Date of Award


Degree Type


Degree Name

Doctor of Philosophy in Psychology


School Psychology



First Advisor

Susan A. Brady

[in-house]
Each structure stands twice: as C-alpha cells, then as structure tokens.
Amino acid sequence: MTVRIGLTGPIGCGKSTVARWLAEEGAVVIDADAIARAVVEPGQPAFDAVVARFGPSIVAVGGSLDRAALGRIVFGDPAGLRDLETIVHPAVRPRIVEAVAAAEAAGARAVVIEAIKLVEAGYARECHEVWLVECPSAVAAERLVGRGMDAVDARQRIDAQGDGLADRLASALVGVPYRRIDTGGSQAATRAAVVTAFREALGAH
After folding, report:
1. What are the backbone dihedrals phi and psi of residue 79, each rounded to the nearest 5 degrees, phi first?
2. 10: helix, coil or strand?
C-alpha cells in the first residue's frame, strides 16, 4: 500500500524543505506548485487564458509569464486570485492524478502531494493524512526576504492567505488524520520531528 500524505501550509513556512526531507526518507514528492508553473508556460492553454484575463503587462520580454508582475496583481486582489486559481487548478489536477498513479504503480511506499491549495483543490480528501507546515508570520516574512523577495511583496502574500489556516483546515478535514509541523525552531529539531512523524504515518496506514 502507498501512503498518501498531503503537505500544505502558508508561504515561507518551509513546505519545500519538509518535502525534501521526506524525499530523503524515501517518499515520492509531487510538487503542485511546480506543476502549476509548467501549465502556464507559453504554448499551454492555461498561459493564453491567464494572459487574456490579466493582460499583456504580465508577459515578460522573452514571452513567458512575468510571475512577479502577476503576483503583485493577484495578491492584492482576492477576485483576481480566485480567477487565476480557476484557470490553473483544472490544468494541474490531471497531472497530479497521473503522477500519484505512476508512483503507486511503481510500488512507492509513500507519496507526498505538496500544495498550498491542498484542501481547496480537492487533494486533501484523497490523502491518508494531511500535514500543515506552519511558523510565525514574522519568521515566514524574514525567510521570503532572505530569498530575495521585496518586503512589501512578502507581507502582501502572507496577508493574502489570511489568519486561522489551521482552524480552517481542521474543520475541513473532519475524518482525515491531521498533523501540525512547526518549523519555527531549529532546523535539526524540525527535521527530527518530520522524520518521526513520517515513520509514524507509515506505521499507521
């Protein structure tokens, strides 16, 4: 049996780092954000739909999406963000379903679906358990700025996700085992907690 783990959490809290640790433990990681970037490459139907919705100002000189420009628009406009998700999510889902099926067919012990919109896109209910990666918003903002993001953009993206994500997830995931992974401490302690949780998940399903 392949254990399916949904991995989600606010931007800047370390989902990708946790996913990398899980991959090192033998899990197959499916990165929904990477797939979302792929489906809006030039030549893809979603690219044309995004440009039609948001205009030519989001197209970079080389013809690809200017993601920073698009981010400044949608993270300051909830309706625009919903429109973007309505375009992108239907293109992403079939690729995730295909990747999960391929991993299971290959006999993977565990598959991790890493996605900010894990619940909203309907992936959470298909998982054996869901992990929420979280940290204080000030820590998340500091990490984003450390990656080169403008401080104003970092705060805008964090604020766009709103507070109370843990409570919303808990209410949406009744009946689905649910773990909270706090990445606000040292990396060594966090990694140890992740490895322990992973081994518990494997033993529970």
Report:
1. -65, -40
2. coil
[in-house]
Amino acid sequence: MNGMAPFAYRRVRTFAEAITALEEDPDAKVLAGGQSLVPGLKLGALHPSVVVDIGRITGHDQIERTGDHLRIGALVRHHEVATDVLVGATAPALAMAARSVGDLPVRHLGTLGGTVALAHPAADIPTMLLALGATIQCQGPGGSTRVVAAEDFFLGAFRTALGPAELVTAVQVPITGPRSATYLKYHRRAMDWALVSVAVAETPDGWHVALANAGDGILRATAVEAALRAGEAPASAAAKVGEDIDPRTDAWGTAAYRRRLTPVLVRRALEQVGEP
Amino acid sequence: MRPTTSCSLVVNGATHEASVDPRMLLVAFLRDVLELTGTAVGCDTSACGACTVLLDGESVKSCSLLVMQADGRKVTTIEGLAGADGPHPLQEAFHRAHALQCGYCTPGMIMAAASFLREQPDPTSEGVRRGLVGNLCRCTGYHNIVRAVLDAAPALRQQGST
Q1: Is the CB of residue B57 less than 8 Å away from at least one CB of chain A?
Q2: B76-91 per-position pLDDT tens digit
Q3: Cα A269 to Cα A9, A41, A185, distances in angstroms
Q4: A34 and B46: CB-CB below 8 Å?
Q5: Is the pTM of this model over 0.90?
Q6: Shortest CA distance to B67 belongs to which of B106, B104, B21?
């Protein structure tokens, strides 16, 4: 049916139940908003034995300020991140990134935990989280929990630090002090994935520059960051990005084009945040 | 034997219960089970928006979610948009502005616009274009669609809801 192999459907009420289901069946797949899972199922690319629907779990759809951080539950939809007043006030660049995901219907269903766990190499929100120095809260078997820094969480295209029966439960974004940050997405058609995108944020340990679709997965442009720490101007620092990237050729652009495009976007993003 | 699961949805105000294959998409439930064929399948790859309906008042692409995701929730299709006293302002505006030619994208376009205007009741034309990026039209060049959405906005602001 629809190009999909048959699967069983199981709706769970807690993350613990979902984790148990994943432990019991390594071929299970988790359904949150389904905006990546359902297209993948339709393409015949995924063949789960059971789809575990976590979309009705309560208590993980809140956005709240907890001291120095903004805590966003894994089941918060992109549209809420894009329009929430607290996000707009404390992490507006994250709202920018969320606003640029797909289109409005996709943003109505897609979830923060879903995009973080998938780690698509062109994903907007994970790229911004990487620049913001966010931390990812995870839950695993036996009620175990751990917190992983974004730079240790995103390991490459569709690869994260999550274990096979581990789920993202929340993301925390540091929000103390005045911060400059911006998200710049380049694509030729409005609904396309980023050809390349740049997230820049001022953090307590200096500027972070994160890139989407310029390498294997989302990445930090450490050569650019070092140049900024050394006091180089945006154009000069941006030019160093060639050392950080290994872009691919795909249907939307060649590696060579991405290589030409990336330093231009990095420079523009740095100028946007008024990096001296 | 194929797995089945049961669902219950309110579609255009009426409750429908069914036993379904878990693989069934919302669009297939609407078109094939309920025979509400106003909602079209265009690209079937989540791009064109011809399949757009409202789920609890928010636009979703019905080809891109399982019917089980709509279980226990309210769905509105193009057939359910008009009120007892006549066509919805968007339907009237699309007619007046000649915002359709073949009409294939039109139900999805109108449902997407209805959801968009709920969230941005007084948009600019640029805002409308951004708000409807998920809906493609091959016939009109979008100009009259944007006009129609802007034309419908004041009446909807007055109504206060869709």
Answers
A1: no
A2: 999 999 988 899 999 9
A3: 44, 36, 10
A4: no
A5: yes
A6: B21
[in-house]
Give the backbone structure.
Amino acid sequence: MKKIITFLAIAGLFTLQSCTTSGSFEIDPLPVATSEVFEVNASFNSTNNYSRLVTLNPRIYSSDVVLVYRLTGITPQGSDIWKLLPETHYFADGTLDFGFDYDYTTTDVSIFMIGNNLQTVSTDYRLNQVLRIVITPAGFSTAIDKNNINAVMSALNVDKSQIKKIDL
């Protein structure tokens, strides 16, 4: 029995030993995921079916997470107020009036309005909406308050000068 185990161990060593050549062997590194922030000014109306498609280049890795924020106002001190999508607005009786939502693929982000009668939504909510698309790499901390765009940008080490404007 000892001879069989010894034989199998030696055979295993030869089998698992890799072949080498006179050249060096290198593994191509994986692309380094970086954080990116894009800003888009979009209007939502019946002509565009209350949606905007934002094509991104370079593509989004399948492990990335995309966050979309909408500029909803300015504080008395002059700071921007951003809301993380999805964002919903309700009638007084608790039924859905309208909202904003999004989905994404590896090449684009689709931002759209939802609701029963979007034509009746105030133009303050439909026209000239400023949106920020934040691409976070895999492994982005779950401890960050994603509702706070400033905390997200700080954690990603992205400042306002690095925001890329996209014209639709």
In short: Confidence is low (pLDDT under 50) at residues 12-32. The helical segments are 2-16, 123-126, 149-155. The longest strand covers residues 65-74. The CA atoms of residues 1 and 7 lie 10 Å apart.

This study investigated the relationships between attention, reading and reading-related measures, and oral language abilities in young adulthood. The majority of studies have focused on younger participants and have used self-report measures of attention. In the present study, a more objective, behavioral measure of attention was used. Factor analyses and structural equation modeling were performed to examine whether the data supported the Simple Theory (Gough & Tunmer, 1986) in this age group and whether some of the variance in reading performance is accounted for by attention. The conventional Simple Theory proposes that reading comprehension performance is the product of decoding and listening comprehension skills and both skills are necessary for reading comprehension. Findings of the current study did not indicate that attentional skills helped explain individual differences in reading comprehension. That is, performance on the attention measures did not significantly correlate with reading, reading-related or oral language performance, nor did they account for additional variance in predicting reading comprehension abilities. Potential explanations for these results, as well as limitations of the present study, are discussed.